7 hours ago
FILE - Boxes of the drug mifepristone line a shelf at the West Alabama Women's Center in Tuscaloosa...
Associated Press

Medication abortion is common; here’s how it works

Medication abortions became the preferred method for ending pregnancy in the U.S. even before the Supreme Court overturned Roe v. Wade. These involve taking two prescription medicines days apart — at home or in a clinic. Abortion procedures are an invasive medical technique that empties the womb. They are sometimes called surgical abortions, although they […]
7 hours ago
FILE - Children and adults take advantage of the warm weather to cool off at the Trago Spray Park o...
Associated Press

For now, wary US treads water with transformed COVID-19

The fast-changing coronavirus has kicked off summer in the U.S. with lots of infections but relatively few deaths compared to its prior incarnations. COVID-19 is still killing hundreds of Americans each day, but is not nearly as dangerous as it was last fall and winter. “It’s going to be a good summer and we deserve […]
7 hours ago
People wearing face masks to protect against COVID-19 ride a subway in Paris, Thursday, June 30, 20...
Associated Press

With hospitalizations up, France weighs return to masks

NICE, France (AP) — Tourism is booming again in France — and so is COVID-19. French officials have “invited” or “recommended” people to go back to using face masks but stopped short of renewing restrictions that would scare visitors away or revive antigovernment protests. From Paris commuters to tourists on the French Riviera, many people […]
7 hours ago
Associated Press

Virgin Orbit rocket launches 7 US defense satellites

LOS ANGELES (AP) — A Virgin Orbit rocket carrying seven U.S. Defense Department satellites was launched from a special Boeing 747 flying off the Southern California coast and streaked toward space Friday night. The modified jumbo jet took off from Mojave Air and Space Port in the Mojave Desert and released the rocket over the […]
7 hours ago
Mahayana Landowne, of Brooklyn, N.Y., wears a "Lady Justice" costume as she marches past the Suprem...
Associated Press

Texas Supreme Court blocks order that resumed abortions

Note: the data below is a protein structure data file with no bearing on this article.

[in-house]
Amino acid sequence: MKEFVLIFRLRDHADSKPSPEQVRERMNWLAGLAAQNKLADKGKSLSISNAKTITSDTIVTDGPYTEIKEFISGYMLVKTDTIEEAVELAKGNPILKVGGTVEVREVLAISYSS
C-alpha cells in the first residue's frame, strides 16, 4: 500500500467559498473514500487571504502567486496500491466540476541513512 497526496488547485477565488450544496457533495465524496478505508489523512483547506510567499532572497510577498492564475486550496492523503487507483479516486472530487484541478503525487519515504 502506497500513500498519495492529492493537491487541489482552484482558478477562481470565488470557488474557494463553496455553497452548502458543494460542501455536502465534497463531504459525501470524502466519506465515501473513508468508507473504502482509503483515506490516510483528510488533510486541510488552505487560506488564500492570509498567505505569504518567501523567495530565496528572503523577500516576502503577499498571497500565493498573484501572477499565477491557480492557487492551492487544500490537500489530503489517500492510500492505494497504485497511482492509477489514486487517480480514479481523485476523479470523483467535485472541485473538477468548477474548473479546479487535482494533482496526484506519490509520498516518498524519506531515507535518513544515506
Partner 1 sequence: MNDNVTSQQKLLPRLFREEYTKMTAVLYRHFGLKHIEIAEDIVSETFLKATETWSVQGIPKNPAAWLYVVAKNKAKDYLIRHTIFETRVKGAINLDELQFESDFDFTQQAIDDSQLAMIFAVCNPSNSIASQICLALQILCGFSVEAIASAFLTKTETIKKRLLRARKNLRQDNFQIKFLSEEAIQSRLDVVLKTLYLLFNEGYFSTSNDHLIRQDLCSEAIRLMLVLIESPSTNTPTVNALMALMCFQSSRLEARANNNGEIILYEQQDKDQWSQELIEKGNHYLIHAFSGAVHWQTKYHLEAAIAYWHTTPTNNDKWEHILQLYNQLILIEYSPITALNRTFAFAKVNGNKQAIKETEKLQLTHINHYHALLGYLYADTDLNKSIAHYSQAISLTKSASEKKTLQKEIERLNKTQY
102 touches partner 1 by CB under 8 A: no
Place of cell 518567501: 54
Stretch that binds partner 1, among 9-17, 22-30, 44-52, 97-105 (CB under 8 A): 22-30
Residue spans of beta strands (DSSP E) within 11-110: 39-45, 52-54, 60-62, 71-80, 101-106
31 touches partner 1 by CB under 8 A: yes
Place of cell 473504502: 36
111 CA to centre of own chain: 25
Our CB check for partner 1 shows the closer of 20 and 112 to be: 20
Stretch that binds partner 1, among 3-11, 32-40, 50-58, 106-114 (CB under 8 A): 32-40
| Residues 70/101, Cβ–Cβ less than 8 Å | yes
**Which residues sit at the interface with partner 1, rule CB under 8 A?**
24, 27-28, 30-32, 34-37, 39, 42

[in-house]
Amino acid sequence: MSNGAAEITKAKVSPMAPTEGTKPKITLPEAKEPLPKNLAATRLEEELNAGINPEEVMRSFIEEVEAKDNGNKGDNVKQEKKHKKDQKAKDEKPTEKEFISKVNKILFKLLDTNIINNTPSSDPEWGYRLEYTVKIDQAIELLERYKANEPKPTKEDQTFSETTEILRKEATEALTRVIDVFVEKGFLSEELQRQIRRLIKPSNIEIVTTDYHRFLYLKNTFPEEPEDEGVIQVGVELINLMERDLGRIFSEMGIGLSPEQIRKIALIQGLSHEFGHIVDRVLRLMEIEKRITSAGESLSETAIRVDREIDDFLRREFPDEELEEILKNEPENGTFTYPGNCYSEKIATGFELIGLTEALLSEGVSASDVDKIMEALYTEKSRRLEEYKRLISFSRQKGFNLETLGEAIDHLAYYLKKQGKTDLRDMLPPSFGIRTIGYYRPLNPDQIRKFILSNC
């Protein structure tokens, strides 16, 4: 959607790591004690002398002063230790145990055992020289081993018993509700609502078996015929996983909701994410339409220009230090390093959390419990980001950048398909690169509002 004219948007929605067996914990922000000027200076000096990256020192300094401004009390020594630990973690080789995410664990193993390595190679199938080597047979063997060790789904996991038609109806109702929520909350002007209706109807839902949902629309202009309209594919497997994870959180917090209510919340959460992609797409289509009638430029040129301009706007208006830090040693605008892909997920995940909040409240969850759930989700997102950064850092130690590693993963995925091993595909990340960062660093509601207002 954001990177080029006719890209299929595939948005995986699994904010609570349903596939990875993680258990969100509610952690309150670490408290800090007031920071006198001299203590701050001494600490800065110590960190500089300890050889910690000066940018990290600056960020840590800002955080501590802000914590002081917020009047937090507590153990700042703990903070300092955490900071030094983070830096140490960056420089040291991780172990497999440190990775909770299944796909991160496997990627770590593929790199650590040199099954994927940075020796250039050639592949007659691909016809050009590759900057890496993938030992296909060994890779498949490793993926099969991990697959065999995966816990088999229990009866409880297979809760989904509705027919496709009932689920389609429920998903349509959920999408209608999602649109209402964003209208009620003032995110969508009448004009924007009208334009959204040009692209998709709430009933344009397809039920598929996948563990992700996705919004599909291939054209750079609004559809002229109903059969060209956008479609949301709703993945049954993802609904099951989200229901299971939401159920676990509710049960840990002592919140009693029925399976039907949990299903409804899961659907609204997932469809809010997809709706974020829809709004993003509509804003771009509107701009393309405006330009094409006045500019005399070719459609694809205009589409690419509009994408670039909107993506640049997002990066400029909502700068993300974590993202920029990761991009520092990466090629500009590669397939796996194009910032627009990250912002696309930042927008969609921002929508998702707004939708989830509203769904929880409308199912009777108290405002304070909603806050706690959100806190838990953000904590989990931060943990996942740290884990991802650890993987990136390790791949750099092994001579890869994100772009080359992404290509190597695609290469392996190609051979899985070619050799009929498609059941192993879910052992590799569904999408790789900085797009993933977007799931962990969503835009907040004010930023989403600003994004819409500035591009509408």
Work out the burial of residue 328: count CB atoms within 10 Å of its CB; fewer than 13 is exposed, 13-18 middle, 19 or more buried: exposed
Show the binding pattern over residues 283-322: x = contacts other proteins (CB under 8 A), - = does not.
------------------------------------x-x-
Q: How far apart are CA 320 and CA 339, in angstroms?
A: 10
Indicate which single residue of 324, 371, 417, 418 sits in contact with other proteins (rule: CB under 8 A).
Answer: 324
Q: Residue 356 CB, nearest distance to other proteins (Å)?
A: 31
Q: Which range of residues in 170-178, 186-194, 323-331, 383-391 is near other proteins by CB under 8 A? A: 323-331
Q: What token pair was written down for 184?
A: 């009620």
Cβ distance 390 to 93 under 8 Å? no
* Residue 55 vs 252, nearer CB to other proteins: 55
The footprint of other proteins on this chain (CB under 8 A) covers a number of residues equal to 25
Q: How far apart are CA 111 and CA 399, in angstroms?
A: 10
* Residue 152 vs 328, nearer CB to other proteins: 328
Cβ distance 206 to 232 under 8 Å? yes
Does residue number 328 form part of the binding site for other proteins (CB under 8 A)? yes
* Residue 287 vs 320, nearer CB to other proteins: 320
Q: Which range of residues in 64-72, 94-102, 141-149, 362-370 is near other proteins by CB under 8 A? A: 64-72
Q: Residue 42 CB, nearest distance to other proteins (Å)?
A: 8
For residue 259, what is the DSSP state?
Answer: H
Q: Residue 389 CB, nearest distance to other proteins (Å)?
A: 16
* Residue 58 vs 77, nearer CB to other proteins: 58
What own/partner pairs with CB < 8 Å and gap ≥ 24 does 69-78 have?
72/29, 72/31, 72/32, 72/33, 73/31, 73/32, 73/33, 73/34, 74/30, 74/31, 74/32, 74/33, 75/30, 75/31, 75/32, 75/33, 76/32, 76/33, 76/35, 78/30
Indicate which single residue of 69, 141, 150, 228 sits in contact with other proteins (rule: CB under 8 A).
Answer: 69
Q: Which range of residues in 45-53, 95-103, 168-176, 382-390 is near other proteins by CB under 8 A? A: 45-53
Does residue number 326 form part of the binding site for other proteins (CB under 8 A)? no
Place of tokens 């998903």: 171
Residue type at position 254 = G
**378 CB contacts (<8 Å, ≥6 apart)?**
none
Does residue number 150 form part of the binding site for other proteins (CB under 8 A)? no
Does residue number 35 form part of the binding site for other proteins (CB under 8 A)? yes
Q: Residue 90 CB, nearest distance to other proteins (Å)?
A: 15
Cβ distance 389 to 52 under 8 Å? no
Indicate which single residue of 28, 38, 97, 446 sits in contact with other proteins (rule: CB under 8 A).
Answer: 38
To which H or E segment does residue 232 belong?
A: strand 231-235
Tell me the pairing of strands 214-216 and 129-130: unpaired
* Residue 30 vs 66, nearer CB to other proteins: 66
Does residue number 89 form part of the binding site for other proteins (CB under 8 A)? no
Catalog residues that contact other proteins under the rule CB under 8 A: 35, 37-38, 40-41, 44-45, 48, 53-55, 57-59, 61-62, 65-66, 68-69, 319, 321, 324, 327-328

AUSTIN, Texas (AP) — The Texas Supreme Court has blocked a lower court order that had allowed clinics in the state to continue performing abortions even after the U.S. Supreme Court overturned it’s landmark 1973 ruling that confirmed a constitutional right to abortion. It was not immediately clear whether the clinics in Texas that resumed […]
1 day ago

Sponsored Articles

...
Carla Berg, MHS, Deputy Director, Public Health Services, Arizona Department of Health Services

Vaccines are safe if you are pregnant or breastfeeding

Are you pregnant? Do you have a friend or loved one who’s expecting?
...
Carla Berg, MHS, Deputy Director, Public Health Services, Arizona Department of Health Services

Update your child’s vaccines before kindergarten

So, your little one starts kindergarten soon. How exciting! You still have a few months before the school year starts, so now’s the time to make sure students-to-be have the vaccines needed to stay safe as they head into a new chapter of life.
...
Carla Berg, MHS, Deputy Director, Public Health Services, Arizona Department of Health Services

ADHS mobile program brings COVID-19 vaccines and boosters to Arizonans

The Arizona Department of Health Services and partner agencies are providing even more widespread availability by making COVID-19 vaccines available in neighborhoods through trusted community partners.
AFL-CIO president: Bad trade deal is worse than no deal